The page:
be left on the minds of all the loyal fans.
Texas needs comprehensive firearms registration
It is time for the federal government
to become responsible for organizing a
consistent system of weapons registra-
tion to be enforced equally in all 50
Various levels of weapons control are
found across the United States, ranging
from relatively mild requirements, as in
Texas, where only proof of residency
and age are required, to extremes, as in
the case of Morton Grove, 111., where the
sale and possession of handguns was
Existing laws are so diverse between
municipalities that current regulations
protect only one city at a time. This
system leaves too many loopholes to
make any one state’s efforts toward gun
control really effective.
I am not advocating banning
handguns and rifles, just the establish-
ment of a comprehensive set of long
overdue registration requirements for
these weapons and gun owners.
The federal government has forced car
manufacturers to include safety belts
and other features in new models for the
public’s safety. If you don’t wear your
safetly belt, it’s your fault if you are in-
The same attitude should apply to a
weapon once it has been registered.
People who own weapons should be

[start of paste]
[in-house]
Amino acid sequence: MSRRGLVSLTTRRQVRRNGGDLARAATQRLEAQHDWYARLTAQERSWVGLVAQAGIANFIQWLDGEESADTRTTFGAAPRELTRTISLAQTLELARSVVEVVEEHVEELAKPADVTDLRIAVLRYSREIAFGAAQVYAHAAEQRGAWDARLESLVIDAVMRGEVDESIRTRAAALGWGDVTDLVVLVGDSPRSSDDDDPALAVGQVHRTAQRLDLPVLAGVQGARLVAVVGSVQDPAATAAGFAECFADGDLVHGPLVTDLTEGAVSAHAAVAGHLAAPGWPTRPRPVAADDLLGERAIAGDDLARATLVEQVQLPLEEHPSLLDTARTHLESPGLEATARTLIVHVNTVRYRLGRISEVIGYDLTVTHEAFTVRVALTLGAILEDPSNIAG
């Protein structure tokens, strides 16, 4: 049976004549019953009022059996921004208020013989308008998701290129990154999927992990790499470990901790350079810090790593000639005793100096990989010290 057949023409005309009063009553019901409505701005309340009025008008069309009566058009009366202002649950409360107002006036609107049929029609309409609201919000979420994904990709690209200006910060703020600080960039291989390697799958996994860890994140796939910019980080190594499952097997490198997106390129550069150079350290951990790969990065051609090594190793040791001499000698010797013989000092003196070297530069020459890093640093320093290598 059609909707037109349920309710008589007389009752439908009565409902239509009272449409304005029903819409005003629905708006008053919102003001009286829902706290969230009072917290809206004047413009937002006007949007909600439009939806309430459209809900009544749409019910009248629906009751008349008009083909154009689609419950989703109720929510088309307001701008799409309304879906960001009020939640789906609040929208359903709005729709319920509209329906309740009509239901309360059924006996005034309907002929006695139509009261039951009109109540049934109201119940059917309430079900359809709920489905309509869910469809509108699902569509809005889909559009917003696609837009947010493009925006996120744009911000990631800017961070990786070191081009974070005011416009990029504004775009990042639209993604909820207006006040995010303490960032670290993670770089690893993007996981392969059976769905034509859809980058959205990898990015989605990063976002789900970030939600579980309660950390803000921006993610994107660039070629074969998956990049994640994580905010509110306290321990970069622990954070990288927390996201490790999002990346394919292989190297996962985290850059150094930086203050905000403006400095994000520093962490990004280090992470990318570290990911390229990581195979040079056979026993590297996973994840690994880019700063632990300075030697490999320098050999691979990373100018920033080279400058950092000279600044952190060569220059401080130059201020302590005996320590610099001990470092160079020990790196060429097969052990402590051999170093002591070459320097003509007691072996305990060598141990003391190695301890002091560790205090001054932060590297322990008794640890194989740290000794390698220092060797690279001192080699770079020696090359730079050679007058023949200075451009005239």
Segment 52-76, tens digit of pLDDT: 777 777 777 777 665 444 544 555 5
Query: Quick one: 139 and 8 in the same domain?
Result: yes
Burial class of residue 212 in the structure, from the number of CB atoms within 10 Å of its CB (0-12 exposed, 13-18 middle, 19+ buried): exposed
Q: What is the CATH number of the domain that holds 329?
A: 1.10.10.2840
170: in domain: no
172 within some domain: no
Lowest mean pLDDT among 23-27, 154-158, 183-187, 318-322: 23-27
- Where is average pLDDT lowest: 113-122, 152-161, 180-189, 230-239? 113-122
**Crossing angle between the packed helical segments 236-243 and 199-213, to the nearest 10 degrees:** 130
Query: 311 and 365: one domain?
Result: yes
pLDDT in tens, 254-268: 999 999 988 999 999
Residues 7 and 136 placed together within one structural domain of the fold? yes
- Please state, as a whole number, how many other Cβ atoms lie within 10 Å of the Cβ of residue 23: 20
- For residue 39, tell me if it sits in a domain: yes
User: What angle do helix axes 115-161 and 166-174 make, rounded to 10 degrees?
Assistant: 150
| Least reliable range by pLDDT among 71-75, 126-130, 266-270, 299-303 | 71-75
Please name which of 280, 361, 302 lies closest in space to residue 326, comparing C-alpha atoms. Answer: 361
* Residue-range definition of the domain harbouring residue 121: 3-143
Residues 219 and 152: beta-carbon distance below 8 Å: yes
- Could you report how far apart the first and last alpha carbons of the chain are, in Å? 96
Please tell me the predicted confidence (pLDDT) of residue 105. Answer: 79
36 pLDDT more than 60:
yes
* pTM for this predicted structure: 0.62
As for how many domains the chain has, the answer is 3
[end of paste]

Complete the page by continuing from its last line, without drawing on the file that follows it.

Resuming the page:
required by federal law to take a short
course in care, maintenance and firing of
weapons. Certificates should be issued
stating that the people are capable of us-
ing their weapons safely.
I think it’s absurd that in Texas any
18-year-old can purchase a rifle and any
21-year-old can purchase a handgun by
simply presenting a driver’s license and
proof of Texas residency.
The required form, issued by stores
dealing in weapons, asks the buyer to
swear that he is not any of the following:
a fugitive from the law; addicted to
marijuana, alchol or drugs; a dis-
honorable military dischargee; or an
alien. No action is taken to verify the
As a result of this unenforced
procedure, immature adults or teens are
able to obtain weapons and can hurt or
kill others as a result. These types of ac-
cidents involving weapons are preven-
Keeping a weapon in your home for
protection seems like a reasonable ex-
cuse for owning a weapon. But why wait
for someone to break in, when you can
install new locks and a burglar alarm to
avoid the situation, instead of planning
to shoot the intruder?
Pistols and rifles should be reserved
for target practice by local shooting
clubs and for hunting. Why does our na-
tion feel so insecure that we have to
protect ourselves with firearms?
A strict procedure has been set up in
New Jersey that requires an application
form to be filled out and references to
guarantee an individual’s character
before an identification card is issued.
Although the process is complicated and
would-be weapons owners feel
frustrated, I think the measure has kept
firearms out of the wrong hands.
Any New Jersey resident interested in
buying a handgun or rifle must receive
an identification card in an application
process that includes sending his
fingerprints to the FBI and that requires
three character references that take
about six months to file. Along with the
application, the prospective weapons
owner must answer the “no list,” which